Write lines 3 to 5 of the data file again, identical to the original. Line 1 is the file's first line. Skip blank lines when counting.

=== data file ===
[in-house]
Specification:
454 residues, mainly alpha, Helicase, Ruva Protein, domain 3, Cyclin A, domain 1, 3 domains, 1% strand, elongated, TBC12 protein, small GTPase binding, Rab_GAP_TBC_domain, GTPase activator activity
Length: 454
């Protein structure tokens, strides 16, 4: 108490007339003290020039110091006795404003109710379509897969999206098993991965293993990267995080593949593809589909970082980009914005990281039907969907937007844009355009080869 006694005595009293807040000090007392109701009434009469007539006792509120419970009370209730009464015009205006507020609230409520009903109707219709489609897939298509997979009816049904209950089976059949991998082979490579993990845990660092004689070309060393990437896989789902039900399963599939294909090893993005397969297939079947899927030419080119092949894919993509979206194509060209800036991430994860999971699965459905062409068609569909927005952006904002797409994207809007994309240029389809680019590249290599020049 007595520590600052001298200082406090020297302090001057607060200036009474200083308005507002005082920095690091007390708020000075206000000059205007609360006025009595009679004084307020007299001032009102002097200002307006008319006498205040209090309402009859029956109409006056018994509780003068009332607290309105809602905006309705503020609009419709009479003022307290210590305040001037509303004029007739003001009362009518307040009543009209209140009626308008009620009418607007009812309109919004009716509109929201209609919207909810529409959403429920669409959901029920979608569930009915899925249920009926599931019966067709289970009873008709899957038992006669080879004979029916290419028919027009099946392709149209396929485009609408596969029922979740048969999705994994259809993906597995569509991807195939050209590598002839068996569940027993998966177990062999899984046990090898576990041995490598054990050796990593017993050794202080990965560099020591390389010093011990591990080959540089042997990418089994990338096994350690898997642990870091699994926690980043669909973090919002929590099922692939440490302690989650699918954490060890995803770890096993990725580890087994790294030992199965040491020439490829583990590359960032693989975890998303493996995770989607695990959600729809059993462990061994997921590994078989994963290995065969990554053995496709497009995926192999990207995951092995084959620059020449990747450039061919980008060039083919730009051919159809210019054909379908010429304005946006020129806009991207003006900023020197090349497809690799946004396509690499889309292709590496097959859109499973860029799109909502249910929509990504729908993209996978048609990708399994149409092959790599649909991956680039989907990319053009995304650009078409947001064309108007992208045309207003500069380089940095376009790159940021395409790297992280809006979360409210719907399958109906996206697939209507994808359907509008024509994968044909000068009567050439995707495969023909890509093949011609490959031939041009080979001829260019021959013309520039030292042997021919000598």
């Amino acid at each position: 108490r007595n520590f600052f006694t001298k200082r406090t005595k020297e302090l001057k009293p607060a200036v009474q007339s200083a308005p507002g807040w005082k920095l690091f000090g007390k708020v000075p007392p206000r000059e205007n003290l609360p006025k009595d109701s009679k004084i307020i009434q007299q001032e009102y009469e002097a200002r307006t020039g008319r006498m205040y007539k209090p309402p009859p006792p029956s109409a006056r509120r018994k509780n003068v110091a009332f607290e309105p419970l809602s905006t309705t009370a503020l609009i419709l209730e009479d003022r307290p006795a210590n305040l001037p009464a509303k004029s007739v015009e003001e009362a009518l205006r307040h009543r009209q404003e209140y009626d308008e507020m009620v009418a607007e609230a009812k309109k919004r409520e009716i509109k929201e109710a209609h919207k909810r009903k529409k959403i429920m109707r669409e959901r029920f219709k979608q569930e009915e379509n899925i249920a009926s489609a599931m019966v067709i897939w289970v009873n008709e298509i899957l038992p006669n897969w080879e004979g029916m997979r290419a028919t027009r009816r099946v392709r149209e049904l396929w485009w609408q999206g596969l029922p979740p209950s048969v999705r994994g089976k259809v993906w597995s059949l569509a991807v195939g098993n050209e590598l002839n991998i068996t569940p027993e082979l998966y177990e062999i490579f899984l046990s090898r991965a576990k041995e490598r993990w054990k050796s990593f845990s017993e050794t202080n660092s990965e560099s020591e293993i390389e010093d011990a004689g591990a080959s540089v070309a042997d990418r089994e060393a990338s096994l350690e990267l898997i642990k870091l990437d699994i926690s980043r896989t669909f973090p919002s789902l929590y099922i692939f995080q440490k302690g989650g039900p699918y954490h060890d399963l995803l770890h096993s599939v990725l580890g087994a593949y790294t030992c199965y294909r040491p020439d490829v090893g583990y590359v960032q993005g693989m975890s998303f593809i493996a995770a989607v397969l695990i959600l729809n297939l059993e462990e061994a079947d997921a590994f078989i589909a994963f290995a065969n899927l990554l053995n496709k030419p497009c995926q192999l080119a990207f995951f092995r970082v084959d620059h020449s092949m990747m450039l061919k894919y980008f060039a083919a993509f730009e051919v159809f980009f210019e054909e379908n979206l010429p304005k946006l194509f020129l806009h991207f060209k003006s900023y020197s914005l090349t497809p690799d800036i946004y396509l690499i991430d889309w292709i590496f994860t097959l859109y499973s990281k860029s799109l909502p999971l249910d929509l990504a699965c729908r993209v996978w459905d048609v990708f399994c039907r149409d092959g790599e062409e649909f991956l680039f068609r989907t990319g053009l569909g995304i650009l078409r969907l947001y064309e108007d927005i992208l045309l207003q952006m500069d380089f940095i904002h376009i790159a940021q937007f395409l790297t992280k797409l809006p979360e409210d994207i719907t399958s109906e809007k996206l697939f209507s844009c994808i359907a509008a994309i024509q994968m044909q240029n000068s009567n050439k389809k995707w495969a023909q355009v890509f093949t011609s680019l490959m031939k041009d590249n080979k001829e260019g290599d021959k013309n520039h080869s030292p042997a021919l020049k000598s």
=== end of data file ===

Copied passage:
454 residues, mainly alpha, Helicase, Ruva Protein, domain 3, Cyclin A, domain 1, 3 domains, 1% strand, elongated, TBC12 protein, small GTPase binding, Rab_GAP_TBC_domain, GTPase activator activity
Length: 454
């Protein structure tokens, strides 16, 4: 108490007339003290020039110091006795404003109710379509897969999206098993991965293993990267995080593949593809589909970082980009914005990281039907969907937007844009355009080869 006694005595009293807040000090007392109701009434009469007539006792509120419970009370209730009464015009205006507020609230409520009903109707219709489609897939298509997979009816049904209950089976059949991998082979490579993990845990660092004689070309060393990437896989789902039900399963599939294909090893993005397969297939079947899927030419080119092949894919993509979206194509060209800036991430994860999971699965459905062409068609569909927005952006904002797409994207809007994309240029389809680019590249290599020049 007595520590600052001298200082406090020297302090001057607060200036009474200083308005507002005082920095690091007390708020000075206000000059205007609360006025009595009679004084307020007299001032009102002097200002307006008319006498205040209090309402009859029956109409006056018994509780003068009332607290309105809602905006309705503020609009419709009479003022307290210590305040001037509303004029007739003001009362009518307040009543009209209140009626308008009620009418607007009812309109919004009716509109929201209609919207909810529409959403429920669409959901029920979608569930009915899925249920009926599931019966067709289970009873008709899957038992006669080879004979029916290419028919027009099946392709149209396929485009609408596969029922979740048969999705994994259809993906597995569509991807195939050209590598002839068996569940027993998966177990062999899984046990090898576990041995490598054990050796990593017993050794202080990965560099020591390389010093011990591990080959540089042997990418089994990338096994350690898997642990870091699994926690980043669909973090919002929590099922692939440490302690989650699918954490060890995803770890096993990725580890087994790294030992199965040491020439490829583990590359960032693989975890998303493996995770989607695990959600729809059993462990061994997921590994078989994963290995065969990554053995496709497009995926192999990207995951092995084959620059020449990747450039061919980008060039083919730009051919159809210019054909379908010429304005946006020129806009991207003006900023020197090349497809690799946004396509690499889309292709590496097959859109499973860029799109909502249910929509990504729908993209996978048609990708399994149409092959790599649909991956680039989907990319053009995304650009078409947001064309108007992208045309207003500069380089940095376009790159940021395409790297992280809006979360409210719907399958109906996206697939209507994808359907509008024509994968044909000068009567050439995707495969023909890509093949011609490959031939041009080979001829260019021959013309520039030292042997021919000598």